By Richard Sandomir

New York Times News Service

Dave Pickerell, a master distiller who played a central role in the growth of Maker’s Mark bourbon and later used his expertise to help entrepreneurs start dozens of small craft distilleries, died Nov. 1 in San Francisco. He was 62.

His son Micah, who confirmed the death, said the cause was hypertensive heart failure. Pickerell had been attending WhiskyFest San Francisco, an event that lets consumers taste whiskeys from around the world.

Pickerell was a burly former college football player who liked to tell stories and dressed in costumes for marketing events. But he was also a well-educated chemical engineer who enforced high-­quality standards in distilling whiskey, whether at a major company like Maker’s Mark or at small operations like Nelson’s Green Brier Distillery.

In 2003, Pickerell and a group of other master distillers wore Revolutionary-era costumes during an event in Mount Vernon, Virginia, at which they re-created rye whiskey from a recipe used by George Washington when he owned a profitable distillery.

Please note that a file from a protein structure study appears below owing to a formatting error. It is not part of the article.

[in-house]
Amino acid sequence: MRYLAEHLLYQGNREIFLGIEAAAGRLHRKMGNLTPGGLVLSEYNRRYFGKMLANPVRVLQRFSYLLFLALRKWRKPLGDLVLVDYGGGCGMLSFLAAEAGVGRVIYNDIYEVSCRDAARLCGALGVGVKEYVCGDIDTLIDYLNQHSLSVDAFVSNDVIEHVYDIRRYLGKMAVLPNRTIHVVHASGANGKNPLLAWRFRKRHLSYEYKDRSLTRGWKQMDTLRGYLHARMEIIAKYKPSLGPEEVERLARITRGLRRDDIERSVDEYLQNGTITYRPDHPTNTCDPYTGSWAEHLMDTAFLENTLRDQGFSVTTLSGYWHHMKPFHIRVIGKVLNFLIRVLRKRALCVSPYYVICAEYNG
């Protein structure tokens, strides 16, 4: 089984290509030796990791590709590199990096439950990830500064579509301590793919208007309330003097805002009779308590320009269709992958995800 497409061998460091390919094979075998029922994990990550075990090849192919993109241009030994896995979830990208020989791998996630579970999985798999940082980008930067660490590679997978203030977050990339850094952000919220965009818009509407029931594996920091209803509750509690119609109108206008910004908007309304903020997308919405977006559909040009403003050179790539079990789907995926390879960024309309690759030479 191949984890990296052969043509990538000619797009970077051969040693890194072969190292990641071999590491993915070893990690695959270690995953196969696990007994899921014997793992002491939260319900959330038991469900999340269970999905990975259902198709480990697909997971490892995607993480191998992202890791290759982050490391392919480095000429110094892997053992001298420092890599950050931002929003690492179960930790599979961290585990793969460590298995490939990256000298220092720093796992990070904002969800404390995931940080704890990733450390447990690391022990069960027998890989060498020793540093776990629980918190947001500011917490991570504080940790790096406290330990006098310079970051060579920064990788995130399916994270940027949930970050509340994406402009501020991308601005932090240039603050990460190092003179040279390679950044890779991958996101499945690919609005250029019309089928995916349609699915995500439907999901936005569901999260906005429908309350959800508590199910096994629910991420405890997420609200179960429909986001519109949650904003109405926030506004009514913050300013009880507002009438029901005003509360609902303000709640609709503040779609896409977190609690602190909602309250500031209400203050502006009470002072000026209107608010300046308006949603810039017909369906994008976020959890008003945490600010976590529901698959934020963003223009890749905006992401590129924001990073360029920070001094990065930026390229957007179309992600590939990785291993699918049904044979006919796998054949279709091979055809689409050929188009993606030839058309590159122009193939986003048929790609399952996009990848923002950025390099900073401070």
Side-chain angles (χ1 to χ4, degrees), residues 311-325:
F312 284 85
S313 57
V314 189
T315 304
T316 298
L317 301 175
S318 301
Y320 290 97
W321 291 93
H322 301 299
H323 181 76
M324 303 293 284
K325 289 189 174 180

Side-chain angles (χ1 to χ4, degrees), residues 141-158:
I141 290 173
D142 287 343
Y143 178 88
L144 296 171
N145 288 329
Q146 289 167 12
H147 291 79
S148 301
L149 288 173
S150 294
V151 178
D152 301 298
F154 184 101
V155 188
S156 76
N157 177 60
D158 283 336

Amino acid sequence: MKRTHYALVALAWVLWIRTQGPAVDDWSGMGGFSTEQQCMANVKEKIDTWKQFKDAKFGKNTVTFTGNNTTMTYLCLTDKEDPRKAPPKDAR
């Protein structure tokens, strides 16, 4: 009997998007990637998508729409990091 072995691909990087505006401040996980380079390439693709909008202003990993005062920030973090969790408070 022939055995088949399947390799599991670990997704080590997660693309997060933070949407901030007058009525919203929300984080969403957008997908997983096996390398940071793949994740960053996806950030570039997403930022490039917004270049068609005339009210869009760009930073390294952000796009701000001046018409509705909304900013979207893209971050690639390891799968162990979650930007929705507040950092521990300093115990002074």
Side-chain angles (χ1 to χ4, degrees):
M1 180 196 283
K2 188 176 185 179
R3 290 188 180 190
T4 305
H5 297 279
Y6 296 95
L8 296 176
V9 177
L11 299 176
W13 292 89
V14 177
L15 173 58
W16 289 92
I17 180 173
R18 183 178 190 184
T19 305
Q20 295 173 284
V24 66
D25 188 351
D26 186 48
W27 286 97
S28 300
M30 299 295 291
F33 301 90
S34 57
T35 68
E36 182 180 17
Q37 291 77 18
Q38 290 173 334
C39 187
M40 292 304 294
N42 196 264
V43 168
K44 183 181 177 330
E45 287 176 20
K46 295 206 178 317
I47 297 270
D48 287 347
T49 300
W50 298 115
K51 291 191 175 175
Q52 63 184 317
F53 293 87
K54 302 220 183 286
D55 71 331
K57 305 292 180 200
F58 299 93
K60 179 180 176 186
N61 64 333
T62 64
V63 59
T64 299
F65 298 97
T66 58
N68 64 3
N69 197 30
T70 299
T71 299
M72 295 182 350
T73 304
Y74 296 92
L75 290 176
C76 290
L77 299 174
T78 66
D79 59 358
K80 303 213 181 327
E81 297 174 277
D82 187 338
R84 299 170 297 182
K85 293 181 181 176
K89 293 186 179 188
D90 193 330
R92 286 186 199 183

As he sampled a tiny glass of the very spicy 140-proof rye that came out of the still, Pickerell said, “Oh, that’s really nice.” He later helped guide the production of rye at the distillery after it had been reconstructed and reopened in 2007.

Bringing back a founding father’s whiskey recipe was something of an epiphany for Pickerell, who became a leading champion of rye.

“The fact is, the first American cocktails had rye in them,” he said in an interview with Garden & Gun magazine in 2014. “If you want to be authentic, you need rye on the bar.”

David Steven Pickerell was born Aug. 14, 1956, in Fairborn, Ohio. His father, Dick, was the local postmaster and a high school football coach. His mother was Georgia Lynn (Herbert Wallis) Pickerell.